Saturday, 22 December 2012

The Bonfire Books of 2012 (Save)

In no particular order here are the books from 2012 that I would save from a fire, if my books were being burnt!

Save From The Flames! The Literary Heroes of 2012! :

With absolutely no contest whatsoever my number one book of 2012 is Orange Prize For Fiction Winner The Song Of Achilles by Madeline Miller. A novelisation of the Trojan War particularly focusing on the relationship between Achilles and Patroclus as it develops from childhood. This book is beautiful. Outstanding. Moving. Terrifically written. A feast for literature fans everywhere.

In the same month as I read the above novel I read The Light Between Oceans by M. L. Steadman. In this novel Lighthouse keeper Tom and wife Isobel face a dilemma, a dilemma so human and believable and real that I was brought to tears.

Popcorn novel of the year goes to Warm Bodies by Isaac Marion. Yes, it's a zombie novel, yes, it's a romance, but I loved it and I don't care! Movie due next year.

I don't think I'm alone in considering best selling The Night Circus by Erin Morgenstern to be a great book of recent times. Two children are sworn into magical combat in a contest between nature and nurture, but can they take control of their own destinies? Beautiful imagery, and feats of imagination await you at the circus. Buy a ticket.

Lonesome Dove by Larry McMurtry can best be described plot wise as "some cowboys go on a journey" but it's impossible to express just how involving the world of this book is, so that, even though it neared 1,000 pages I barely noticed this engrossing book's length at all.

Hilary Mantel's follow up to Wolf Hall, Bring Up The Bodies, was released this year and proved every inch as well written, well researched and entertaining as its predecessor. The Booker Prize Panel agreed and Bring Up The Bodies equally accoladed does not have to be the insecure younger sibling about its place in literature. 

The book which moved me most all year was Extremely Loud And Incredibly Close by Jonathan Safran Foer, "a portrait of what it must be to be a 9/11 relative so believable I literally ached"

I followed up one of my favourite books of last year Jonathan Trigell's Genus with Boy A and Cham.
All three novels examine issues facing society with a skill, intelligence and ultimately subtlety not seen in other "issue" novels I read this year. An under-known writer who deserves to be more widely read. Get in now and be able to say you were a fan of his early work.

The most exciting novel this year, in terms of being thrilling to read was Ready, Player One by Ernest Cline. A total nerdgasm of a book, aimed specifically at people in their 30s so overflowing it is with 80s pop culture references. In this novel 3 young hackers take on an evil global corporation to save a virtual reality world for the masses, and it's awesome.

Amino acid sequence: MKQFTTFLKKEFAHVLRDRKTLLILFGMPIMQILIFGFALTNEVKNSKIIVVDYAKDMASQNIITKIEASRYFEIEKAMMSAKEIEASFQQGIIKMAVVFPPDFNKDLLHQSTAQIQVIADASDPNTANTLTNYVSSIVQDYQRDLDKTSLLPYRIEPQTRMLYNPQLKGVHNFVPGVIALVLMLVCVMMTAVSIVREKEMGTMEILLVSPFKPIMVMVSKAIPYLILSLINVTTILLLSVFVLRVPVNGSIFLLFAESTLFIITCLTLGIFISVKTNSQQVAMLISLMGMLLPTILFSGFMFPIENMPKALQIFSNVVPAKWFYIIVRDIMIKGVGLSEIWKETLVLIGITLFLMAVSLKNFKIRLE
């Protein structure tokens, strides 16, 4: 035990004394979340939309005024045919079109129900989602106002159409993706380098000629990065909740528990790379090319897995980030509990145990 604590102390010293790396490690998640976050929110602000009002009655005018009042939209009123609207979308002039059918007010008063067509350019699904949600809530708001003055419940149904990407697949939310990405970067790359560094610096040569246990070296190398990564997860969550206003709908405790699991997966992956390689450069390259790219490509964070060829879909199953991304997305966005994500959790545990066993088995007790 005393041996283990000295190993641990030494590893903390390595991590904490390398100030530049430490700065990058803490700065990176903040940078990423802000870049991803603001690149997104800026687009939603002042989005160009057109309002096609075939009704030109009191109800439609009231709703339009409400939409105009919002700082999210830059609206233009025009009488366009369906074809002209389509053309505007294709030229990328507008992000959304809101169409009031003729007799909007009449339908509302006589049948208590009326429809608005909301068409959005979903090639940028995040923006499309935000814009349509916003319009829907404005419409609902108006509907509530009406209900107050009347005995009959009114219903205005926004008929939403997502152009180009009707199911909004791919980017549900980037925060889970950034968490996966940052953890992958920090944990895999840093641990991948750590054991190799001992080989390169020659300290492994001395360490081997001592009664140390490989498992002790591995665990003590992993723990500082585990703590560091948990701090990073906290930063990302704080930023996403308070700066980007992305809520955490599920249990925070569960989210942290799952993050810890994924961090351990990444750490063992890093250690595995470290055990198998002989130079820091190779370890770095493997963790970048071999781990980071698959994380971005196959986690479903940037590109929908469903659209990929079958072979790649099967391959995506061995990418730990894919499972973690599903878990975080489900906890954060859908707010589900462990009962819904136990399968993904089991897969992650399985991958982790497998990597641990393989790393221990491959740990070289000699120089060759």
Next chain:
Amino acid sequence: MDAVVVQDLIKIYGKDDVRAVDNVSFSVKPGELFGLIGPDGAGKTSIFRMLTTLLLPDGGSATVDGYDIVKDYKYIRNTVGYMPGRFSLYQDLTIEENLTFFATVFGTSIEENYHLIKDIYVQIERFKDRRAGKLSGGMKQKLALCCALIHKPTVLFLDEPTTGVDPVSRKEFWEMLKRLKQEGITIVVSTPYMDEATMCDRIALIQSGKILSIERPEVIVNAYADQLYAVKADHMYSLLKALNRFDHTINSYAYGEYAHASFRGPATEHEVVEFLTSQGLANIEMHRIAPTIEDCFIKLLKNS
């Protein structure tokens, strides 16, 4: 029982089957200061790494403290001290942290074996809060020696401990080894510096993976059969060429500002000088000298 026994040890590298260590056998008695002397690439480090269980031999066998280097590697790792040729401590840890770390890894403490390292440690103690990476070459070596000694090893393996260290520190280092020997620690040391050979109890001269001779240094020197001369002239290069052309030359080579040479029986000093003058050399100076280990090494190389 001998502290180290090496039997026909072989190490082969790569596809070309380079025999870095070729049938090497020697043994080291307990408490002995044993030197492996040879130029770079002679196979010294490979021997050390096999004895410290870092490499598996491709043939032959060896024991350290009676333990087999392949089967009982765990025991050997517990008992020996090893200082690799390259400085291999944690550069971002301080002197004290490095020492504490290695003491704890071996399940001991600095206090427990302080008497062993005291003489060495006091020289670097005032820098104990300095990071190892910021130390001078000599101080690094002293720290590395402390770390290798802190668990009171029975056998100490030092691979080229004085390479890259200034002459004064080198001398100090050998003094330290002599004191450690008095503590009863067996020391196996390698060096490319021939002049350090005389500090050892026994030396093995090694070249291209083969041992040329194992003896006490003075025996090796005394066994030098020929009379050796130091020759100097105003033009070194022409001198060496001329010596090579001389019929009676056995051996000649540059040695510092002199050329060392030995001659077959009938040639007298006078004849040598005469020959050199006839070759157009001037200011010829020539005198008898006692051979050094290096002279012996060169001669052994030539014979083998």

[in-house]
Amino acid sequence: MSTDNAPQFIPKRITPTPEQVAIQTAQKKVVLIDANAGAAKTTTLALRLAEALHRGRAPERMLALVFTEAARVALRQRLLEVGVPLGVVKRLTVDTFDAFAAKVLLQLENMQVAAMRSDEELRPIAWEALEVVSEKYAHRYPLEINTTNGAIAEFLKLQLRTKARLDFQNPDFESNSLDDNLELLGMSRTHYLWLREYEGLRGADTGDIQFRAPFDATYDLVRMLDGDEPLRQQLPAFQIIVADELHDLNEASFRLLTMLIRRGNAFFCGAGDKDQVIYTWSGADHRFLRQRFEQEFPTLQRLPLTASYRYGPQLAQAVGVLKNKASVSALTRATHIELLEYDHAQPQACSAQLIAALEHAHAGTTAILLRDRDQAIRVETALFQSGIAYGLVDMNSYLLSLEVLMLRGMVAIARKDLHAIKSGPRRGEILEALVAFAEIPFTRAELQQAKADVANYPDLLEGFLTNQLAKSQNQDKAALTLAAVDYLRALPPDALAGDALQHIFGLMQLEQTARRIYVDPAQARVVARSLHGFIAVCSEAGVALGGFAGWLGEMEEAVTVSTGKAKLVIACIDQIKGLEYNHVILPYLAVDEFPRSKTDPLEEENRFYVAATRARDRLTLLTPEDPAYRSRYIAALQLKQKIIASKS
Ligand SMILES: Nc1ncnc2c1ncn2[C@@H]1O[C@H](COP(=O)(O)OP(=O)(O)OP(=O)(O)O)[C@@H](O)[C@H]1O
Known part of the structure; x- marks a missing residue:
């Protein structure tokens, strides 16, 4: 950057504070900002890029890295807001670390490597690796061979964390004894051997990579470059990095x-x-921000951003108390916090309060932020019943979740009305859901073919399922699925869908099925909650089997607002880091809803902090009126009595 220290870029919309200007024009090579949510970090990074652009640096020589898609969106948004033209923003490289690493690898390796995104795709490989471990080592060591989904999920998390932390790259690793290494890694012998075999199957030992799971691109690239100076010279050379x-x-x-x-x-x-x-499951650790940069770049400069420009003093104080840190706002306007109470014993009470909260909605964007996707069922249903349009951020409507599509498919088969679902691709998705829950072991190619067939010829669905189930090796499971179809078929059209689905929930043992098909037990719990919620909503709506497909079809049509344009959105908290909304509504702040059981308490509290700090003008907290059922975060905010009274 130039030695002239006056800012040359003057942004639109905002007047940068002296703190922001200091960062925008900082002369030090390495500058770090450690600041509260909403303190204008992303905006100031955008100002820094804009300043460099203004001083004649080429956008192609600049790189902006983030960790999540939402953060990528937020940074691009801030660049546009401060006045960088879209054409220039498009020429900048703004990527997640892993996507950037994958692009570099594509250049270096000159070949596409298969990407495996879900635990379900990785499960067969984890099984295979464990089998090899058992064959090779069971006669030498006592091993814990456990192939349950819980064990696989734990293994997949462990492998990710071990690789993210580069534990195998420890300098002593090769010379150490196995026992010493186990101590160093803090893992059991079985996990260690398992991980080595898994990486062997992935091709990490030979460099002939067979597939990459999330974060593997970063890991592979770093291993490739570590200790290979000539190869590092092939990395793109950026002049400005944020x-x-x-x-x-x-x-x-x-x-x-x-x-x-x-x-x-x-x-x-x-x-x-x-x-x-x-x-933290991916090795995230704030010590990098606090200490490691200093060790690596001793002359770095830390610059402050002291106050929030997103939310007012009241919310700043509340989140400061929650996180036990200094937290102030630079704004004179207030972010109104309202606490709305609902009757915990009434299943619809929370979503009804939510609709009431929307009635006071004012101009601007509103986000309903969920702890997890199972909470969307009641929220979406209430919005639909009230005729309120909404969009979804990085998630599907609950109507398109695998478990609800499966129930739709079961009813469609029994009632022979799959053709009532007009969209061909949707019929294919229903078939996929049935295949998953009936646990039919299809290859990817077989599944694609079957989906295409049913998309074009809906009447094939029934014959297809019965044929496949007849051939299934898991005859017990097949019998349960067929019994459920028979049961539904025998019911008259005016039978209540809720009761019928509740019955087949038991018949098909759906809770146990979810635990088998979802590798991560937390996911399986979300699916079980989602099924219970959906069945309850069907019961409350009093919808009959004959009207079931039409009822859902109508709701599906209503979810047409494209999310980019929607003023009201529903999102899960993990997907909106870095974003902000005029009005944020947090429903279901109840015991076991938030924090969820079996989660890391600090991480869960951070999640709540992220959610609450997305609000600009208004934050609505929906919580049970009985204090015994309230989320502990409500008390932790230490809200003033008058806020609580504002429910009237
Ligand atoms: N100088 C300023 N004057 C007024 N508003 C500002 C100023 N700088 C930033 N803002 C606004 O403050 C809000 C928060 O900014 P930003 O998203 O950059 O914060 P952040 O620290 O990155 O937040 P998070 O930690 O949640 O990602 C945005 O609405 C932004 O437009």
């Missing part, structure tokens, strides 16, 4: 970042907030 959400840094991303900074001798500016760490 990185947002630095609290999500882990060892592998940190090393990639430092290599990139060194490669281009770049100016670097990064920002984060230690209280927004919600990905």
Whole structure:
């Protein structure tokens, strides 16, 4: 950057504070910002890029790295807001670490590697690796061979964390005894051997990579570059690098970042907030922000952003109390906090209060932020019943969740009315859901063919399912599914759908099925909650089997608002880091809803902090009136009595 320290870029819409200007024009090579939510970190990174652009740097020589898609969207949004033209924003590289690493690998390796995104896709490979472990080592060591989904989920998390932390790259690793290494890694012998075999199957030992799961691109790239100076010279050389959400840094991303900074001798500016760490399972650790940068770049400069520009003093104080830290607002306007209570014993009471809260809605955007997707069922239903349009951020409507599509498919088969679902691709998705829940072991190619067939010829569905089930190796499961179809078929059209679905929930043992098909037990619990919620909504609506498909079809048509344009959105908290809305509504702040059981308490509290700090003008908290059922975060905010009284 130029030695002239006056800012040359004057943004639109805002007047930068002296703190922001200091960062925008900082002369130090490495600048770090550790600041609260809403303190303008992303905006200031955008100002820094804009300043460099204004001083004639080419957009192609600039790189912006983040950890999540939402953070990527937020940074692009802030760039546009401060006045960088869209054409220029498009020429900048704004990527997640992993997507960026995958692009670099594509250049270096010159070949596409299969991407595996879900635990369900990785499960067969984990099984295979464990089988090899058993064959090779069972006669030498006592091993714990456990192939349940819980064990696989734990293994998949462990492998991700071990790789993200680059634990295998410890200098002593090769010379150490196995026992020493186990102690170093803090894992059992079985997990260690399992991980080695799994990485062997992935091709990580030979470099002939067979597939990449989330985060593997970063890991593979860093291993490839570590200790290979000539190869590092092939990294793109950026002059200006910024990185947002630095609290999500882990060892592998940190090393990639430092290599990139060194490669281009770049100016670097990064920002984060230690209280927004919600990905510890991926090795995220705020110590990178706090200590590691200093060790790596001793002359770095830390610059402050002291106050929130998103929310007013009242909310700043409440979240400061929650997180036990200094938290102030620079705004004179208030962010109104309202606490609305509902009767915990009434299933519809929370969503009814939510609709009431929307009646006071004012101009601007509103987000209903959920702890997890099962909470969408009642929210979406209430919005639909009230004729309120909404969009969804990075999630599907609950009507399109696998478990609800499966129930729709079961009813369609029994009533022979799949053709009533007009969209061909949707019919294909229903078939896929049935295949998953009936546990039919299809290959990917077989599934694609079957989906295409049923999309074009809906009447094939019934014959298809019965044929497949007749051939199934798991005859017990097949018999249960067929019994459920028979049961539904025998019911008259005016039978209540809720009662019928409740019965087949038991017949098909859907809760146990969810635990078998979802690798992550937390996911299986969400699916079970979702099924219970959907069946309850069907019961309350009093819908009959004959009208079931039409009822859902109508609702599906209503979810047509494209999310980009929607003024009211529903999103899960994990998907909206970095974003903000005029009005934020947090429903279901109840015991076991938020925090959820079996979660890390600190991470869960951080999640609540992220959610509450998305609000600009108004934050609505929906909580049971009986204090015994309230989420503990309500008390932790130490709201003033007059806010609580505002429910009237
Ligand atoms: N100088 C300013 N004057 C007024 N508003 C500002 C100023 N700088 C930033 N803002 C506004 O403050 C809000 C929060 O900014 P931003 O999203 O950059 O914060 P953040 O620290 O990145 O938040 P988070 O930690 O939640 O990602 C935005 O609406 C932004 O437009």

Dystopia of the year goes to The End Specialist by Drew Magary. A cure for the aging process is found, but is far from the miracle people think it is.

Classic of the year goes to Anne Of Green Gables by LM Montgomery. I read it for the first time this year, and then went on to read the sequels. Though none of the sequels quite match the original, the story of the hilarious, mischief prone orphan on a picturesque island is not to be missed.  

The years biggest surprise came from Michel Faber's Under The Skin. Having read Faber's Crimson Petal And The White, I felt like I knew what to expect. I didn't. By far the single most original book I've read this year, the story of driver Isserley deserves to be promoted completely spoiler free.

The elegant, classy cover of AS Byatt's The Children's Book was matched by it's elegant, classy content as the lives of The Wellwood Family and their associates become interwoven with the events of history from the late 1800's to the First World War. Please bring this reader a sequel.

I went back even further in time with Anita Diamant to the lives of the women in the Bible in The Red Tent. Dinah was only daughter of Jacob of the many sons, Diamant takes what little is said of her in the Bible and extracts a hypnotic, lyrical and ultimately deep narrative identifiable in the lives of modern women. Conclusively a feminist novel if ever there was one.

My last two 10/10 novels were The Gift Of Rain by Tan Twan Eng - a beautiful story about a deep entrenched bond between two souls that will last eternally set within wartime Malaysia and the story of a troubled soul Rachel Kelly, a bipolar artist whose life story is told through Notes From An Exhibition by Patrick Gale 

These will be the reads that I will press upon people beyond 2012, I recommend them both for yourselves and as gifts for others.

Thank you for your support throughout this challenge and thanks for reading.

I will be back with news of my 2013 Challenge shortly.

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